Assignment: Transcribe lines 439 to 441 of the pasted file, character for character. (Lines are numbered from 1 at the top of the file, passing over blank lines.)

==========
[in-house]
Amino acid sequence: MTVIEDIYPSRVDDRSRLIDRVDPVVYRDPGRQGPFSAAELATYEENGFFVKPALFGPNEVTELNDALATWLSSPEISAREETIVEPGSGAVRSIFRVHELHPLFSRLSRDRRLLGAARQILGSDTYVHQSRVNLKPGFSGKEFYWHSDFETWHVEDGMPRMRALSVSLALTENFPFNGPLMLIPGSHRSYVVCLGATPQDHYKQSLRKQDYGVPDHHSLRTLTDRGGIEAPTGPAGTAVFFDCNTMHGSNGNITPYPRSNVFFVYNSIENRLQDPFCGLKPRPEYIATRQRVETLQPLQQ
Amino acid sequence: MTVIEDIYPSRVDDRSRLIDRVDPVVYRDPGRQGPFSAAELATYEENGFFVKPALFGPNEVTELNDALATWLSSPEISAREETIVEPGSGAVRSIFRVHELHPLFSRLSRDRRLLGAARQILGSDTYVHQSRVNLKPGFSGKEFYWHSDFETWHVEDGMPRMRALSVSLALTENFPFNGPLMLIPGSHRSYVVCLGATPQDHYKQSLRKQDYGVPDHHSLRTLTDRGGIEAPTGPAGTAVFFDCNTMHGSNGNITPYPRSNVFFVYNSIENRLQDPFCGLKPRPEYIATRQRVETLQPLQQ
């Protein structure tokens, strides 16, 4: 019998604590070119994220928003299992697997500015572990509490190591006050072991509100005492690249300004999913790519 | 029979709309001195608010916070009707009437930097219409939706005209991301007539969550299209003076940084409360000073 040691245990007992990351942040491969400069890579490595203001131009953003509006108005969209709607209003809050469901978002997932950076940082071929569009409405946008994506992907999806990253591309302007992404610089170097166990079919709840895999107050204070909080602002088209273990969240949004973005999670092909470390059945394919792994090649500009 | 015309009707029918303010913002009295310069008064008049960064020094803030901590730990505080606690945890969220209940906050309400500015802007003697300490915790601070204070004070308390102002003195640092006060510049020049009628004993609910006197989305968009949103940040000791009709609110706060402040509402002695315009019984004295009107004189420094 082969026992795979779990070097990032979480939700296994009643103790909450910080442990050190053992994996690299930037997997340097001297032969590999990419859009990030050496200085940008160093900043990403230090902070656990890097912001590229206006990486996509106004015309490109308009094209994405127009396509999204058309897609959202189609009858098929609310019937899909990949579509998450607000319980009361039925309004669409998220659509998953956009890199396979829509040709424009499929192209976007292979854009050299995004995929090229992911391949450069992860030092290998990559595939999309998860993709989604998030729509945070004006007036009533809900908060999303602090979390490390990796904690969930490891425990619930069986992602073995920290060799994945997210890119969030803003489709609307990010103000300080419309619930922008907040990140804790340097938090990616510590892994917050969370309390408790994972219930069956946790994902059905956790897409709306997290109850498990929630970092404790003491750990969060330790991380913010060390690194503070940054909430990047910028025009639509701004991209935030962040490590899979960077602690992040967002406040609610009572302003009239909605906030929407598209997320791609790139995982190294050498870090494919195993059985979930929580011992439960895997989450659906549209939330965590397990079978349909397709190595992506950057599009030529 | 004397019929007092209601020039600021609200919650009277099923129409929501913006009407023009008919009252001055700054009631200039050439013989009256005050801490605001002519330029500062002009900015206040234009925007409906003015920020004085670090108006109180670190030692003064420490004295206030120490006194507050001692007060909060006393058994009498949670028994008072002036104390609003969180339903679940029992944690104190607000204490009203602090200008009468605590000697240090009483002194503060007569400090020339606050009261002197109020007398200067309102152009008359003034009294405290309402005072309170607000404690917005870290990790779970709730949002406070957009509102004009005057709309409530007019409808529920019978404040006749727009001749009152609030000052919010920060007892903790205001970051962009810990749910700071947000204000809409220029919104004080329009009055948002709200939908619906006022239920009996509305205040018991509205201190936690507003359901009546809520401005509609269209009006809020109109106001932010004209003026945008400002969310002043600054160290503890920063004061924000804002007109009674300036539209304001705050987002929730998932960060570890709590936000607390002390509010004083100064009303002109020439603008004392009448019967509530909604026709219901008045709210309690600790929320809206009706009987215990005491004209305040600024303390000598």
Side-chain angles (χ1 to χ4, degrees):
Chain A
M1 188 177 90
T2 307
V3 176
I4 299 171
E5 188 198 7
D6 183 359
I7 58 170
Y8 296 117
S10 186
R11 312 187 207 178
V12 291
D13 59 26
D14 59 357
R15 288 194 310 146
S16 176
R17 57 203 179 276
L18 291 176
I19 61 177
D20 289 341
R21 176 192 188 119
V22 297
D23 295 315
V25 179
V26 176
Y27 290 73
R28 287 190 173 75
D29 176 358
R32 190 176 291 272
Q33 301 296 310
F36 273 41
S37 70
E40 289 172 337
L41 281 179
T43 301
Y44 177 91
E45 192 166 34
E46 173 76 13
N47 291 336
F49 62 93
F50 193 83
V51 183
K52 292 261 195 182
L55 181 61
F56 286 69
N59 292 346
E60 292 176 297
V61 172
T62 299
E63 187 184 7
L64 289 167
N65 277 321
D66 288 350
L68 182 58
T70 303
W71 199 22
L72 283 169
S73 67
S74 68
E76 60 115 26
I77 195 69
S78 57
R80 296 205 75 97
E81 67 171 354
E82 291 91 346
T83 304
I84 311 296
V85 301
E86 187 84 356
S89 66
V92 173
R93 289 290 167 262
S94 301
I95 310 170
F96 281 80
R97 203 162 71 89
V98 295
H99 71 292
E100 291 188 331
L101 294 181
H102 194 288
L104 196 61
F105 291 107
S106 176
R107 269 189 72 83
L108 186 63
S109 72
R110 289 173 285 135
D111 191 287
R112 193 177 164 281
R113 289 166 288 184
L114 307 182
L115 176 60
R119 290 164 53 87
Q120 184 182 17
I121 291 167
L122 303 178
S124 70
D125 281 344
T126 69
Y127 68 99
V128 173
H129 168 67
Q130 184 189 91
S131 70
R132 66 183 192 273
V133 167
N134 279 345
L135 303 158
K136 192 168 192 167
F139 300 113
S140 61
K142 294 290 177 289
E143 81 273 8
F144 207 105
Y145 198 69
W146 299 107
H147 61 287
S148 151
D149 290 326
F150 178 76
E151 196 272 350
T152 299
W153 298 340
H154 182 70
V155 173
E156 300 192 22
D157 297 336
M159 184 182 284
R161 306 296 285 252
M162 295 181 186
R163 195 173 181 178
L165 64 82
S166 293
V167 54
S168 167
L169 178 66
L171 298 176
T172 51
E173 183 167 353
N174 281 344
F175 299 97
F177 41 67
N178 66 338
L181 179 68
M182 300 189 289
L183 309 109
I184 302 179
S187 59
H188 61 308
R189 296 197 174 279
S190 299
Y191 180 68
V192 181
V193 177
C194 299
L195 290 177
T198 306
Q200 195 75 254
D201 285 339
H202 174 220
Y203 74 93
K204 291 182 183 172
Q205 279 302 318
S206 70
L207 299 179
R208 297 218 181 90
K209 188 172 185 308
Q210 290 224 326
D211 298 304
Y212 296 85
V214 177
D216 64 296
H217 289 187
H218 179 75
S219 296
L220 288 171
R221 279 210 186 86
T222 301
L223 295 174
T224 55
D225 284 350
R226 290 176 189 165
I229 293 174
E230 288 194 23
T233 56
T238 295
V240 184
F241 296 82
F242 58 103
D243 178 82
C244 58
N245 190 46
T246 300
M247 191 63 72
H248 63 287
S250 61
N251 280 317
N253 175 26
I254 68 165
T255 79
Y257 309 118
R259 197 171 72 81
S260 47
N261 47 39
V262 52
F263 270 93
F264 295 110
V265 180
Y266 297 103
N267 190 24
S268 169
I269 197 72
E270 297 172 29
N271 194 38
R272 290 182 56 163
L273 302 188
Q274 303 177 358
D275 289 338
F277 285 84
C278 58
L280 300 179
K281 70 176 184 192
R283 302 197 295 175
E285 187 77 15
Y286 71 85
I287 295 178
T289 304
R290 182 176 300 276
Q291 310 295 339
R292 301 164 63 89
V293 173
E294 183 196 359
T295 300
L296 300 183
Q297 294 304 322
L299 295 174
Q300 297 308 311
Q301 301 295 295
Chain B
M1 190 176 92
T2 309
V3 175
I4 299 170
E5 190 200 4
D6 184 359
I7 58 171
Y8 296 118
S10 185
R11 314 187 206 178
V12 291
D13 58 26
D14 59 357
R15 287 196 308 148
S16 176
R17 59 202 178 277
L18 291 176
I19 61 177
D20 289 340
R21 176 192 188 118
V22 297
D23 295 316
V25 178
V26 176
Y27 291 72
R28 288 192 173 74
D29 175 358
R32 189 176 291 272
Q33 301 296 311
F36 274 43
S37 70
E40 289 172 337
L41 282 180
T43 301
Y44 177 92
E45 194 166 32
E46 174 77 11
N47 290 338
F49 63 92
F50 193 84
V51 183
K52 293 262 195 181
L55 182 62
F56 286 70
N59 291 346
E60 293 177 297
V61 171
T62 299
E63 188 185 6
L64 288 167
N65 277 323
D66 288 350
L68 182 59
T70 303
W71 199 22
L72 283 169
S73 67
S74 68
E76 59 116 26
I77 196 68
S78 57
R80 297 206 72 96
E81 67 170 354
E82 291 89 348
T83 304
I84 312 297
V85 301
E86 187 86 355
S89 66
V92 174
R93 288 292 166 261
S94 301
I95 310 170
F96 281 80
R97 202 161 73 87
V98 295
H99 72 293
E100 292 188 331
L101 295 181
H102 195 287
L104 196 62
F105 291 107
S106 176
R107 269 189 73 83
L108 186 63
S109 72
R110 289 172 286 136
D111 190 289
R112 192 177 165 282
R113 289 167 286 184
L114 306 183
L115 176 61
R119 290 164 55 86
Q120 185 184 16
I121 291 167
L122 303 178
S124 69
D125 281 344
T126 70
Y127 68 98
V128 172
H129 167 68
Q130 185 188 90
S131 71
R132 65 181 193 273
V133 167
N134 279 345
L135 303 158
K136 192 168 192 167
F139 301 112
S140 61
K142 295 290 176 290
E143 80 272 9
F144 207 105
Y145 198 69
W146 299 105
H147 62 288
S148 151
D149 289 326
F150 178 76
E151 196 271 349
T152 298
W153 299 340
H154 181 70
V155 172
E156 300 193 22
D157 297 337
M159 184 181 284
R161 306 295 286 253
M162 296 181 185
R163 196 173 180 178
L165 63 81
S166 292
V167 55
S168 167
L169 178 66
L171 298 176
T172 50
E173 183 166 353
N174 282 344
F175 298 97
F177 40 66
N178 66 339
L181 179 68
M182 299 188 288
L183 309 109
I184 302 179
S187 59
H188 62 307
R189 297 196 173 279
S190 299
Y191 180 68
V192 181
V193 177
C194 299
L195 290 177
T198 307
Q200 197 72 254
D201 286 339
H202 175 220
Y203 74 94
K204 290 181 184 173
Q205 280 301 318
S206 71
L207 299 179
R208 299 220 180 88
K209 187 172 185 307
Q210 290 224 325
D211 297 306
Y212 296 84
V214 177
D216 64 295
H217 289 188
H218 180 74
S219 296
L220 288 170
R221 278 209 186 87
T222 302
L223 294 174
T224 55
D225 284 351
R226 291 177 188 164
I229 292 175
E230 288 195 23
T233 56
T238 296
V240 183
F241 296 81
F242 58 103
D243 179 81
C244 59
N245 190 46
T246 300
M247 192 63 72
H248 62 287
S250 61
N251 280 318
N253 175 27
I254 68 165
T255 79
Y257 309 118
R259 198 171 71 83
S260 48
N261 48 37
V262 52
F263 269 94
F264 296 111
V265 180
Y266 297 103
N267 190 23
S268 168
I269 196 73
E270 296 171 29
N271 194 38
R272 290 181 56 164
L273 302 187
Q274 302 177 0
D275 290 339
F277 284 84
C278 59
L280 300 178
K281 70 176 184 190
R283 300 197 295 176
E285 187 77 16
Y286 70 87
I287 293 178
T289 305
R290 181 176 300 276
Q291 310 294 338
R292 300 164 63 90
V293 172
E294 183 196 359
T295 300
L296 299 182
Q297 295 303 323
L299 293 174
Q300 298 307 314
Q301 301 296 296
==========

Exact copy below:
M247 192 63 72
H248 62 287
S250 61